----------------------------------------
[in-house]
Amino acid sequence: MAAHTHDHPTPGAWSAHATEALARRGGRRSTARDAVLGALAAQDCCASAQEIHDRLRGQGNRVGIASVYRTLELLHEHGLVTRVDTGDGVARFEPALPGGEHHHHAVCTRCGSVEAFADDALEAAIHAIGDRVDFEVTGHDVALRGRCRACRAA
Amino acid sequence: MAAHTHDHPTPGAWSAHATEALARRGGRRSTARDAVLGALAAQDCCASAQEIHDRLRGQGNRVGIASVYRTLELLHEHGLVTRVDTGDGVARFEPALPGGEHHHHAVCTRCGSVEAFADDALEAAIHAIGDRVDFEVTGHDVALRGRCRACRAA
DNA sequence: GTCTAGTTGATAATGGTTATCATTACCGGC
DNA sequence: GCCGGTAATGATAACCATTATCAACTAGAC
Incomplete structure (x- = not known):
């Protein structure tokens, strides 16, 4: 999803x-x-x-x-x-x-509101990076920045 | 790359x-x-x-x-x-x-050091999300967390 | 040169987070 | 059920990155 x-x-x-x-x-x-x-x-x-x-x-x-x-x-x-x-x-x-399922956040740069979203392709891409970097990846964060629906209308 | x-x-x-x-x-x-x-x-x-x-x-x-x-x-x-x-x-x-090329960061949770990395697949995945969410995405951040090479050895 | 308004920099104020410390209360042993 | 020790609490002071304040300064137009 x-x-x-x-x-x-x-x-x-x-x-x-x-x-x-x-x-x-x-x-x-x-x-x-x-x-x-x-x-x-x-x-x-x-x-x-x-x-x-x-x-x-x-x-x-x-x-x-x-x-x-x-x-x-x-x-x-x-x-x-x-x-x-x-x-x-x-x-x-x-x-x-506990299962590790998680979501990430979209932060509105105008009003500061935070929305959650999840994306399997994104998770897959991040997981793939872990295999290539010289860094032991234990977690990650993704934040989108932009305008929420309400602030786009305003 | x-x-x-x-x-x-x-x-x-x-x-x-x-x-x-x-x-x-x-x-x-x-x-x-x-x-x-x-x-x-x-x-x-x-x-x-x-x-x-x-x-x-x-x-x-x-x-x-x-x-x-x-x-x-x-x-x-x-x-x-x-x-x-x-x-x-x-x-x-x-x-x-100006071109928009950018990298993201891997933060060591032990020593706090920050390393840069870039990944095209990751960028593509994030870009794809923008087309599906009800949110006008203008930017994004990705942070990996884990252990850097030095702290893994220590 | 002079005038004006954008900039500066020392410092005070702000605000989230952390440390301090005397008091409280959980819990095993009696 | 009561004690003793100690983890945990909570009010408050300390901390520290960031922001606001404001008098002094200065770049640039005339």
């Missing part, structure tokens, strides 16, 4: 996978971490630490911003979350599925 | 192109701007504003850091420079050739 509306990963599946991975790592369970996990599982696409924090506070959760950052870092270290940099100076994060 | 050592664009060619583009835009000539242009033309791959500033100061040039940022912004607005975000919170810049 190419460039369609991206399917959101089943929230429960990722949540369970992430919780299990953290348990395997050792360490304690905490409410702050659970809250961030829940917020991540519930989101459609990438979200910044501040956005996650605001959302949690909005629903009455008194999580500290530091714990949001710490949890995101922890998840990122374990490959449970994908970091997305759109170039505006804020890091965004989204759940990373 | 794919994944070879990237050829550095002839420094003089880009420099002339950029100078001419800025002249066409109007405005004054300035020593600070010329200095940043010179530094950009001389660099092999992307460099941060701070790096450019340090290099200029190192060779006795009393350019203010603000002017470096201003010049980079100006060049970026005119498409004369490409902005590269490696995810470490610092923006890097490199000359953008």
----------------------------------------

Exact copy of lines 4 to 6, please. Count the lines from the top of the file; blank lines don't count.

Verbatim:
DNA sequence: GTCTAGTTGATAATGGTTATCATTACCGGC
DNA sequence: GCCGGTAATGATAACCATTATCAACTAGAC
Incomplete structure (x- = not known):